New York Tenants Are Organizing Against Evictions as They Did in the Great Depression | Retro Report



Anticipating a massive wave of evictions when the federal and state bans are lifted in January, housing activists in the Bronx are taking action. They’re pushing to extend the eviction ban until the pandemic is over, organizing tenants, and seeking rent relief. Housing activism in the Bronx has a deep history dating back to the Great Depression, when neighbors banded together to resist landlord’s efforts to displace them. That struggle helped highlight issues and inform policies around affordable housing that continue to this day. This video is a collaboration between Retro Report and THE CITY, and part of the reporting project Hitting Home, that examines the process and impact of evictions, providing historical context for the nation’s persistent lack of affordable, safe housing.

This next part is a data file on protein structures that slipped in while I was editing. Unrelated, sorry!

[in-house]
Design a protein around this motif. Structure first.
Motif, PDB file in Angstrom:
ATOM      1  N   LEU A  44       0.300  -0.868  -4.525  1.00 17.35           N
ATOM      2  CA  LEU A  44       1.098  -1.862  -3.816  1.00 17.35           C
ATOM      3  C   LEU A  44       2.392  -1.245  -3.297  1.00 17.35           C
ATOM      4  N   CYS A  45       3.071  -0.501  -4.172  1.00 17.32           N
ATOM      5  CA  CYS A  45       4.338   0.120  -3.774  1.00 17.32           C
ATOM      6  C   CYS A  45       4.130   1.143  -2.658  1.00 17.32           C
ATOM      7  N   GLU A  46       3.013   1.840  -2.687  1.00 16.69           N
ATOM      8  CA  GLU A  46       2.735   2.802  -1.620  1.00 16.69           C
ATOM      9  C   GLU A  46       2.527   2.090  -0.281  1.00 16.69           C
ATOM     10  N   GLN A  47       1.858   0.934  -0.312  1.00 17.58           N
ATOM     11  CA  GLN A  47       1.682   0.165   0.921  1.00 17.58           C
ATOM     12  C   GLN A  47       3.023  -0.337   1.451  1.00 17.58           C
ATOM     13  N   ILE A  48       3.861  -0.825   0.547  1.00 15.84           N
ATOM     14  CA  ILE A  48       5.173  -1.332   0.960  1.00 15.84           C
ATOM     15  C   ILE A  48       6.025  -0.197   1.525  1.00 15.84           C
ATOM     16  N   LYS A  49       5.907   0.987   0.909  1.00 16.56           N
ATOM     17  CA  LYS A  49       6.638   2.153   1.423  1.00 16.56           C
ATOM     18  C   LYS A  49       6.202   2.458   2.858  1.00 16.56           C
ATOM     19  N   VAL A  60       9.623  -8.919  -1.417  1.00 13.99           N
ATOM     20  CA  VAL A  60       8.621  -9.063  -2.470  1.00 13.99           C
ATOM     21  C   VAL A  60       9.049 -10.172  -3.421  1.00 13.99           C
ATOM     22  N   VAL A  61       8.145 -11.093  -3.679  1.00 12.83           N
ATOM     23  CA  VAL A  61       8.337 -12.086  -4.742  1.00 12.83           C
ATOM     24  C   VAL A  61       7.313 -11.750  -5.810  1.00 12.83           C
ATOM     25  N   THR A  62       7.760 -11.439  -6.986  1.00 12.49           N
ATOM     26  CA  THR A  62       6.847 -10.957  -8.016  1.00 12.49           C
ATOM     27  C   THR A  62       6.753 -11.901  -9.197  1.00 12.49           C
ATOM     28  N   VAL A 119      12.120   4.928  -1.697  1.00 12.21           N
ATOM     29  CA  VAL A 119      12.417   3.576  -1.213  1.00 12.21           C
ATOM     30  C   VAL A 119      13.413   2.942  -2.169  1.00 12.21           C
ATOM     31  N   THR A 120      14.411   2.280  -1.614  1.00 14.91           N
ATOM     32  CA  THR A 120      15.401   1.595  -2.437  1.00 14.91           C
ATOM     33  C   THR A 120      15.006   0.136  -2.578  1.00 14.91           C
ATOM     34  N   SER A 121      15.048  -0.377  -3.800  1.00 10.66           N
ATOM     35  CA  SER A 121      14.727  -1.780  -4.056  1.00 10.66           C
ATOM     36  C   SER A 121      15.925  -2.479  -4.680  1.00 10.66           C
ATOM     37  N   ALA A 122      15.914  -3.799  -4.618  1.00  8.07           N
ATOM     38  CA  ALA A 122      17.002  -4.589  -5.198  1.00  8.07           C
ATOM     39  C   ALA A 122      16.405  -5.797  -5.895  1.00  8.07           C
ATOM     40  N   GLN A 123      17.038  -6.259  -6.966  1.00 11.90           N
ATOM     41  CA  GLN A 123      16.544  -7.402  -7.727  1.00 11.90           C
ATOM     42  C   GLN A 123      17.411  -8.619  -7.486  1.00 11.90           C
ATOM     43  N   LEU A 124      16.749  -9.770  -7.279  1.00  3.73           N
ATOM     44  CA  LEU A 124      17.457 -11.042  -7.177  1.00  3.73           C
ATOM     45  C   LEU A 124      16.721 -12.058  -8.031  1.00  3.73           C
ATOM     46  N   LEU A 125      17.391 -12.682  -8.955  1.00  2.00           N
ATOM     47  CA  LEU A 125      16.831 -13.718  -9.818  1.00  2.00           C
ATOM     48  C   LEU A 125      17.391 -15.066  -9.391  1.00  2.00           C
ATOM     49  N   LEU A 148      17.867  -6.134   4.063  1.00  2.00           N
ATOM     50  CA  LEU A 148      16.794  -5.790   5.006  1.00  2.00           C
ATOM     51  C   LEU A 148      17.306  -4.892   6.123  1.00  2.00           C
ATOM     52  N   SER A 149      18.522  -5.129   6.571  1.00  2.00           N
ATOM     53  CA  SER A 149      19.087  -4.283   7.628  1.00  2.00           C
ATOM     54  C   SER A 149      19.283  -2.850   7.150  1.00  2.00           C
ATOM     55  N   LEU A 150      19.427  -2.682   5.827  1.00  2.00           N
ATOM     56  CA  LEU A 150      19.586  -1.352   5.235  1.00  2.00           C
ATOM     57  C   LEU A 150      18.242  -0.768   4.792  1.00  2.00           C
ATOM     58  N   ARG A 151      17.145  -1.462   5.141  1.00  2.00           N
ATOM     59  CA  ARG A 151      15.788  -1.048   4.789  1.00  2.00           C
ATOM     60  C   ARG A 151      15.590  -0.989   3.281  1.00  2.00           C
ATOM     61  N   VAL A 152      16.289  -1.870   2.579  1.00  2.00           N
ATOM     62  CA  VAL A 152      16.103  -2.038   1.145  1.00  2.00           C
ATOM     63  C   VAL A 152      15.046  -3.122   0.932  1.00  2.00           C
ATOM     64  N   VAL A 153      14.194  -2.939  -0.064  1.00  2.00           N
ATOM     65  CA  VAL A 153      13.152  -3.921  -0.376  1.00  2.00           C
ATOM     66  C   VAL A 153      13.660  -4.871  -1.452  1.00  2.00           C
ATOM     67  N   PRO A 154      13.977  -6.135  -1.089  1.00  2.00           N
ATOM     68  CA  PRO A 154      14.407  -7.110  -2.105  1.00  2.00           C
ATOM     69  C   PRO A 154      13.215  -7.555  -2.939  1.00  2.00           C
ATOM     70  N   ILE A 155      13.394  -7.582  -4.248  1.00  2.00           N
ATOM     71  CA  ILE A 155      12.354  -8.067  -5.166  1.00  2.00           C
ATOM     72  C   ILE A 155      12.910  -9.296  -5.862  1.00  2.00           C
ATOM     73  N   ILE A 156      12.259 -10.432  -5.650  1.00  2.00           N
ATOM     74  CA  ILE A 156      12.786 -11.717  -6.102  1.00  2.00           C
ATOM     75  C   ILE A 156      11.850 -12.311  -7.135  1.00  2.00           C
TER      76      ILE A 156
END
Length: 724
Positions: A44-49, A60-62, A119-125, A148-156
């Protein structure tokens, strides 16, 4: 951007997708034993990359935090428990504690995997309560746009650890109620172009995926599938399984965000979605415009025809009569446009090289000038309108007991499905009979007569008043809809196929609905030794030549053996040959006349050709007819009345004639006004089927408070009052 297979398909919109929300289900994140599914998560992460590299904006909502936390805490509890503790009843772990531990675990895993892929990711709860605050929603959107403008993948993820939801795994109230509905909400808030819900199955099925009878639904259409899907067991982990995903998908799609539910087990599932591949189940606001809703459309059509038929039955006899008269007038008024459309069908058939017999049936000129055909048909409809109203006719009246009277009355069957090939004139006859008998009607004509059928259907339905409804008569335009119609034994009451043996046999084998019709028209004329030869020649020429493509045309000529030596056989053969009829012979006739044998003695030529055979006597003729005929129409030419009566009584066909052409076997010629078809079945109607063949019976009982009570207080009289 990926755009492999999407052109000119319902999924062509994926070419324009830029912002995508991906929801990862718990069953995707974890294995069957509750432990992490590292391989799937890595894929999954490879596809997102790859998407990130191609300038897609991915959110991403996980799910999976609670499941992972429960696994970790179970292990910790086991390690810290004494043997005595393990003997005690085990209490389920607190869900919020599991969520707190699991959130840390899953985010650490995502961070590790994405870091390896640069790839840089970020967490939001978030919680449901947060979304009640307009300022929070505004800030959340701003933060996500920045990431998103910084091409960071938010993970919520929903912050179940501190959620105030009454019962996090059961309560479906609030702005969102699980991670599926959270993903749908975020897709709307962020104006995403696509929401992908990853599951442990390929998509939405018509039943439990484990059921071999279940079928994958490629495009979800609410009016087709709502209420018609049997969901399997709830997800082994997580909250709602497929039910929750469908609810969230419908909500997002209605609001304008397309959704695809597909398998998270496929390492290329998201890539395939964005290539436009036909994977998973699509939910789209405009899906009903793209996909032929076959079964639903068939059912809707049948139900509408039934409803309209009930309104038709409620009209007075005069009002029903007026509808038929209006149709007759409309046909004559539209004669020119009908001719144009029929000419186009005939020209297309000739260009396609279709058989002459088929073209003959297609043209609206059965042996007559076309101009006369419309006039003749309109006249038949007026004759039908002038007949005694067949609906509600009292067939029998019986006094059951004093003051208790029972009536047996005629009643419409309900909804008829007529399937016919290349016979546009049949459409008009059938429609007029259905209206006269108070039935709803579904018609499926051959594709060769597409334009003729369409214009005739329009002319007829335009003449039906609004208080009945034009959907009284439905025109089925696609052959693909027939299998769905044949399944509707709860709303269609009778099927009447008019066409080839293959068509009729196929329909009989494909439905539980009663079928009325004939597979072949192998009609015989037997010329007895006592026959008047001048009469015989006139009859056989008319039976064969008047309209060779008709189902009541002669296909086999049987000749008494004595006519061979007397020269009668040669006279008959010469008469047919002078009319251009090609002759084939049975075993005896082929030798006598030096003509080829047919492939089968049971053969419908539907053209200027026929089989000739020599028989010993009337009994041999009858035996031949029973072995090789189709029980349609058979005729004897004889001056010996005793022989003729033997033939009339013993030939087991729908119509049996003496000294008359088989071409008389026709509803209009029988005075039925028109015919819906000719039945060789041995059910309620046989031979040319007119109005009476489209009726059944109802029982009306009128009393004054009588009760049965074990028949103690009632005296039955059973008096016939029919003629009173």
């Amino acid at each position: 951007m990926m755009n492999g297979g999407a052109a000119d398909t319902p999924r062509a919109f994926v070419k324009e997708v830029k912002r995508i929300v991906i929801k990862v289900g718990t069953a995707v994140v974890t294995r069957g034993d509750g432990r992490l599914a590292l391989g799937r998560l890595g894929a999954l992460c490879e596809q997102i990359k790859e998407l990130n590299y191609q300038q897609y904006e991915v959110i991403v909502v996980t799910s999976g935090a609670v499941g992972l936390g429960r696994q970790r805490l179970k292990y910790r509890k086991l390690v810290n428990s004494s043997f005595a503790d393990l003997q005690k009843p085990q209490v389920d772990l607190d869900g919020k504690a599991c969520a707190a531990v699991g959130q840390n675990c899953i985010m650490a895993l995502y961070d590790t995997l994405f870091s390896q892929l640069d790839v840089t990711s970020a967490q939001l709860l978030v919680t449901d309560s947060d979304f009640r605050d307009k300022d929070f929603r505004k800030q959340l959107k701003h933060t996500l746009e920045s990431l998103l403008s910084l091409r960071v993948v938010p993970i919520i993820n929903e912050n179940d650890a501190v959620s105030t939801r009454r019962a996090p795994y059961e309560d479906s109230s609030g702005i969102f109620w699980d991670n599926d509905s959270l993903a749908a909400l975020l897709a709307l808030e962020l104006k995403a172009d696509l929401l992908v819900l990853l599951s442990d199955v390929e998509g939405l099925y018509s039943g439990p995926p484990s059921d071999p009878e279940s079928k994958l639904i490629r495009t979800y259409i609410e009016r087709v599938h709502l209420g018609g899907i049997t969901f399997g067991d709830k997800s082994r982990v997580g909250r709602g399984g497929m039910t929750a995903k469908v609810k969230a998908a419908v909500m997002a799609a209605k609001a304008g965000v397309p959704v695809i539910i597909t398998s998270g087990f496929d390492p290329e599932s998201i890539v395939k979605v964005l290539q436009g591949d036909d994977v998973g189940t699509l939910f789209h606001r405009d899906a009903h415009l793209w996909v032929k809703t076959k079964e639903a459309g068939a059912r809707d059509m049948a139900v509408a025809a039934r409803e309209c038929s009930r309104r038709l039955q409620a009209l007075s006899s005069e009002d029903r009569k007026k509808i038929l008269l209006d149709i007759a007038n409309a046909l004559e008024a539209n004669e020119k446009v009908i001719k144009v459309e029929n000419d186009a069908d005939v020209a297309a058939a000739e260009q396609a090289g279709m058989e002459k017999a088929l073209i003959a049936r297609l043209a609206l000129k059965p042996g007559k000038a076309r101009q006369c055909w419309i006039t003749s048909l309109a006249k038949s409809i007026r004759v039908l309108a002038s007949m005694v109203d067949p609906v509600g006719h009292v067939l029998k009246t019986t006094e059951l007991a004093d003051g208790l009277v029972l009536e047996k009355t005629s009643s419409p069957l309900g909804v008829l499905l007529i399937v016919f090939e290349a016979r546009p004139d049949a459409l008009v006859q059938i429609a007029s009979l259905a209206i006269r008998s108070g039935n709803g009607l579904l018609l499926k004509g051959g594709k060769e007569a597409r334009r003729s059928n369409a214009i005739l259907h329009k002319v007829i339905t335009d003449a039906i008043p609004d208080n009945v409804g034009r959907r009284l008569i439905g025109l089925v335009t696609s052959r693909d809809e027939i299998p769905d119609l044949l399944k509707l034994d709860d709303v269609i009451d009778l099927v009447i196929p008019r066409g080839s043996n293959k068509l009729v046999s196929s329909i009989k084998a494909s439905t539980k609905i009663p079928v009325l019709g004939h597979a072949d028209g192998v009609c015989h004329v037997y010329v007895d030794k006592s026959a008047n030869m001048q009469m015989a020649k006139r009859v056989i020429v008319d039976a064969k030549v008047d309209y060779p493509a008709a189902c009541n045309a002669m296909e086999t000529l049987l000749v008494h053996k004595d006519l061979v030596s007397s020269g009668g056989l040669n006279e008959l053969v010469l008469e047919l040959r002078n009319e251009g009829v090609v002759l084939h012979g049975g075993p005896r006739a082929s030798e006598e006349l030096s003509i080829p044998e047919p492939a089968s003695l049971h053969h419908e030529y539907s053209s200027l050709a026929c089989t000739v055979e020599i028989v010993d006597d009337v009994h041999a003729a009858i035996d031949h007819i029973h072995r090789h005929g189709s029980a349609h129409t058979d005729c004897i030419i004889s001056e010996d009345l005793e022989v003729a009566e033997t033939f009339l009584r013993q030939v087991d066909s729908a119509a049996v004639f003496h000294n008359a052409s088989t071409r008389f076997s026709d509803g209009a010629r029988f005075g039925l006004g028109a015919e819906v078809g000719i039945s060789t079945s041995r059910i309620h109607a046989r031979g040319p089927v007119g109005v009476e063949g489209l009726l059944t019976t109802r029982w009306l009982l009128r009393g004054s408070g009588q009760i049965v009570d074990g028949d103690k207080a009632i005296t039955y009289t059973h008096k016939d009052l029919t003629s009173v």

This story was supported by the Economic Hardship Reporting Project: and the Pulitzer Center:

Share your story: Are you or someone you know at risk of eviction because of the coronavirus pandemic? Or a landlord facing hardship due to loss of rental income? We want to hear from you.

Where the City’s Marshals Get Their Power
These city appointees, who enforce evictions and earn their incomes from fees, are once again emerging as symbols of housing insecurity.

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